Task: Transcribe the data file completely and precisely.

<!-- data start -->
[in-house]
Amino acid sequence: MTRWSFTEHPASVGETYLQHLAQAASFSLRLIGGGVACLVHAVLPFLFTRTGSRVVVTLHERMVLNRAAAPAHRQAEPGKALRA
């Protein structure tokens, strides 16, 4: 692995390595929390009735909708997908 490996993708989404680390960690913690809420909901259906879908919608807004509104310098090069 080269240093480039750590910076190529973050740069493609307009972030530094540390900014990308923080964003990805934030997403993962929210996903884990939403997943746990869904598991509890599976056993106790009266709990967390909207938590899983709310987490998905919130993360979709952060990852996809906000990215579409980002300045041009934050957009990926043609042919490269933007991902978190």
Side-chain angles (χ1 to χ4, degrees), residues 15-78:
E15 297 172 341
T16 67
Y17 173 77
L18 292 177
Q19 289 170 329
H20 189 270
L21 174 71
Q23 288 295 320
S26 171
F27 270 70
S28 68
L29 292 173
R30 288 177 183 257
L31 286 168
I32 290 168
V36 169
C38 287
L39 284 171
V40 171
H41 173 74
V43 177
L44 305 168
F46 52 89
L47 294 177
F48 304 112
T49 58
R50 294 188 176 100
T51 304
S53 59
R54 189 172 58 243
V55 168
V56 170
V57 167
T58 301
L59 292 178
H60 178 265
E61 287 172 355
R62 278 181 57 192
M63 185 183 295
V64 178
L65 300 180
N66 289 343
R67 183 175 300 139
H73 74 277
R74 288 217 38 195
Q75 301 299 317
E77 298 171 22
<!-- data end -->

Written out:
[in-house]
Amino acid sequence: MTRWSFTEHPASVGETYLQHLAQAASFSLRLIGGGVACLVHAVLPFLFTRTGSRVVVTLHERMVLNRAAAPAHRQAEPGKALRA
């Protein structure tokens, strides 16, 4: 692995390595929390009735909708997908 490996993708989404680390960690913690809420909901259906879908919608807004509104310098090069 080269240093480039750590910076190529973050740069493609307009972030530094540390900014990308923080964003990805934030997403993962929210996903884990939403997943746990869904598991509890599976056993106790009266709990967390909207938590899983709310987490998905919130993360979709952060990852996809906000990215579409980002300045041009934050957009990926043609042919490269933007991902978190």
Side-chain angles (χ1 to χ4, degrees), residues 15-78:
E15 297 172 341
T16 67
Y17 173 77
L18 292 177
Q19 289 170 329
H20 189 270
L21 174 71
Q23 288 295 320
S26 171
F27 270 70
S28 68
L29 292 173
R30 288 177 183 257
L31 286 168
I32 290 168
V36 169
C38 287
L39 284 171
V40 171
H41 173 74
V43 177
L44 305 168
F46 52 89
L47 294 177
F48 304 112
T49 58
R50 294 188 176 100
T51 304
S53 59
R54 189 172 58 243
V55 168
V56 170
V57 167
T58 301
L59 292 178
H60 178 265
E61 287 172 355
R62 278 181 57 192
M63 185 183 295
V64 178
L65 300 180
N66 289 343
R67 183 175 300 139
H73 74 277
R74 288 217 38 195
Q75 301 299 317
E77 298 171 22